The Honors College at the University of Houston - University of Houston
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How do you move a service-learning program online?


By Trinity Rinear


As we are all painfully aware, fall 2020 – and most of 2020 for that matter – was not what we expected due to the pandemic.  Our sincere wish for everyone reading this post is for you and your family to remain safe and healthy, and here is hoping that 2021 is a better year.  Despite the momentous challenges faced by everyone worldwide, Bonner carried on in the face of adversity.  We were confronted with the maddening paradox that while need in our community skyrockets, we find ourselves limited in our ability to respond due to several factors beyond our control, including restrictions on in-person gatherings. Even still, our Bonner students remained committed to their community, their education, and to each other, and we are excited to share all what they accomplished in Fall 2020 and how they transitioned their service work online and to new formats. In addition, Bonner administration transferred all learning and development activities online, and we had to adapt to a drastically new method of teaching and training our students.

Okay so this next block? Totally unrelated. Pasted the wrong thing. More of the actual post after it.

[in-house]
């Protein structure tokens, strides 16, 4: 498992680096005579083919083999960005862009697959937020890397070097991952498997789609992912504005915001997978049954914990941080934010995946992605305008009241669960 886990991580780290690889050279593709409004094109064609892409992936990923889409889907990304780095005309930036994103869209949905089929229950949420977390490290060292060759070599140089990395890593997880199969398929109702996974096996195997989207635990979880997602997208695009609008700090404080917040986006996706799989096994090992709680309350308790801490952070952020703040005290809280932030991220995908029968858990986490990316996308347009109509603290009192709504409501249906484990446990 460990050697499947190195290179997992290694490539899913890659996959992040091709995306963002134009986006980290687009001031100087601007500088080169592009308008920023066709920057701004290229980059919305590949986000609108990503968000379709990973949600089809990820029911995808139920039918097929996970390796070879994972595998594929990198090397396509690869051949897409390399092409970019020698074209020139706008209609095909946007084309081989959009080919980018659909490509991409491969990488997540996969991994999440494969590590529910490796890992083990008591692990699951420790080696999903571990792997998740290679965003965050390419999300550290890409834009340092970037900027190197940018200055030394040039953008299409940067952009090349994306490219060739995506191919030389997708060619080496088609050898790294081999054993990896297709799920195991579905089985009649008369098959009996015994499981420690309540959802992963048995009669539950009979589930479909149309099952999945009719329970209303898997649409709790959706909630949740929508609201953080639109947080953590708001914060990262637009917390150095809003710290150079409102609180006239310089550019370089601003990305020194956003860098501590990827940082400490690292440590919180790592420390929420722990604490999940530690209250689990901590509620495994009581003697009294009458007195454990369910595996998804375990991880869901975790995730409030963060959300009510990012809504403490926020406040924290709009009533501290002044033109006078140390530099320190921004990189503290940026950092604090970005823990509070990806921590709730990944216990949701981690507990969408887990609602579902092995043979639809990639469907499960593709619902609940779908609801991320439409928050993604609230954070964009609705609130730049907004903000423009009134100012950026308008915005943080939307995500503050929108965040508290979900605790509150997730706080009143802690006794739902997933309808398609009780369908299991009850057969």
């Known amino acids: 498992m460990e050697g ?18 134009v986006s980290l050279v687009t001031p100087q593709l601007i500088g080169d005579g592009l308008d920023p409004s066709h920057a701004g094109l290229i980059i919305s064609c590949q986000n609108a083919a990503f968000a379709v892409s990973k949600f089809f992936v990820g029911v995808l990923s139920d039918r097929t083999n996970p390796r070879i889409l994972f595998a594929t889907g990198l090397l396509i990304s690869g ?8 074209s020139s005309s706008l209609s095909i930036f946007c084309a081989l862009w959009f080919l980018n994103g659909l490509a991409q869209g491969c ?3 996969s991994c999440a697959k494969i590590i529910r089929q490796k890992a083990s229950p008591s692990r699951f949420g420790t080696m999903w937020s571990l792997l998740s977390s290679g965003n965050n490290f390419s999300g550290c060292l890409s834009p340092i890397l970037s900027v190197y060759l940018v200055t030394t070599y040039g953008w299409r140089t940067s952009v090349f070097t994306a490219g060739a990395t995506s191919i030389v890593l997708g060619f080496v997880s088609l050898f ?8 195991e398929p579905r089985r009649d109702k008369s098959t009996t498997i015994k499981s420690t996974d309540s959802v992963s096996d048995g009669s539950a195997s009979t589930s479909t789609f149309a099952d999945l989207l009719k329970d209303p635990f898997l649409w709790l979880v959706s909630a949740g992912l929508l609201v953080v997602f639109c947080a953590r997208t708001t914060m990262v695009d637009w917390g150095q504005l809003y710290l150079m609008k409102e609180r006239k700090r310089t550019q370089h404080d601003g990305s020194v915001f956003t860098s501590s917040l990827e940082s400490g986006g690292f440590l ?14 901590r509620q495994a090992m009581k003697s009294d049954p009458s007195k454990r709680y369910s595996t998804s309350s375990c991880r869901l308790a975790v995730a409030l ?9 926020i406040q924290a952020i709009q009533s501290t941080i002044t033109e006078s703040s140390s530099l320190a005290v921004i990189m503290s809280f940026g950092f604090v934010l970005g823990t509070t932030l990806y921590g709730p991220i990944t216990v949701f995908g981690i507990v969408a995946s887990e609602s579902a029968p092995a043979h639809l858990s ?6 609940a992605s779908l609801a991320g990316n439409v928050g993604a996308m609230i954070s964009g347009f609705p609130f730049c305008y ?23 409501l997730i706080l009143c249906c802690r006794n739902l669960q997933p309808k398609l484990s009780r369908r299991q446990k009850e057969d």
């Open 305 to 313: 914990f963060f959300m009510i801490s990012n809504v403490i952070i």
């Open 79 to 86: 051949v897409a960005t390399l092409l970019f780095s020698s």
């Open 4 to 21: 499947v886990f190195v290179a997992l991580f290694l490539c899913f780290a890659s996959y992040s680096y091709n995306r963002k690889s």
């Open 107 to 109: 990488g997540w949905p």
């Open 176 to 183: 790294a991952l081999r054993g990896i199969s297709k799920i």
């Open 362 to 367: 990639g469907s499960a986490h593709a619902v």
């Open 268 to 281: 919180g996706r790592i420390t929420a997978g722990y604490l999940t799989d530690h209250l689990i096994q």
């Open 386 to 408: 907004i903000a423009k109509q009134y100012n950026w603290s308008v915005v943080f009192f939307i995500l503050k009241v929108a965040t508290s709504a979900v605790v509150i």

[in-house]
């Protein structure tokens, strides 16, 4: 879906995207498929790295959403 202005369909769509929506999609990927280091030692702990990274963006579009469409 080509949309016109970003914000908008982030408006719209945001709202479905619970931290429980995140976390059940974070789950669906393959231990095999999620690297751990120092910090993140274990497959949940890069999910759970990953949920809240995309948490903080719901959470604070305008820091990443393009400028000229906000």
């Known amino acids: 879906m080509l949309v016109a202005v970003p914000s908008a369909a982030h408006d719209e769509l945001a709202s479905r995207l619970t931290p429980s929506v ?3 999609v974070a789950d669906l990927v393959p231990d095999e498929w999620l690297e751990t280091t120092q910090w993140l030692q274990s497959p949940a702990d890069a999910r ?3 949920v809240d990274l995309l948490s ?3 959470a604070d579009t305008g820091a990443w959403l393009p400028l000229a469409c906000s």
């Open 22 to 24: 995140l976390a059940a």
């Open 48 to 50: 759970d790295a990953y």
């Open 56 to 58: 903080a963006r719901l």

SMART mentors putting supply bags together

Key changes to service and learning


Though our food insecurity work remained largely in-person this fall, all education work moved online for the duration of the fall semester, and it will remain mostly, if not entirely, virtual this spring. Our talented student executive leadership teams spent the latter half of the summer adapting their curriculum and programming to a virtual format using Microsoft Teams, Zoom, or Google Meets, anticipating new challenges in a world of virtual learning, and collaborating with their partners to develop effectively modified programs. These teams produced updated business plans for their projects detailing their mission, operations, budget, etc., and they remained committed to quality service during an unprecedented semester.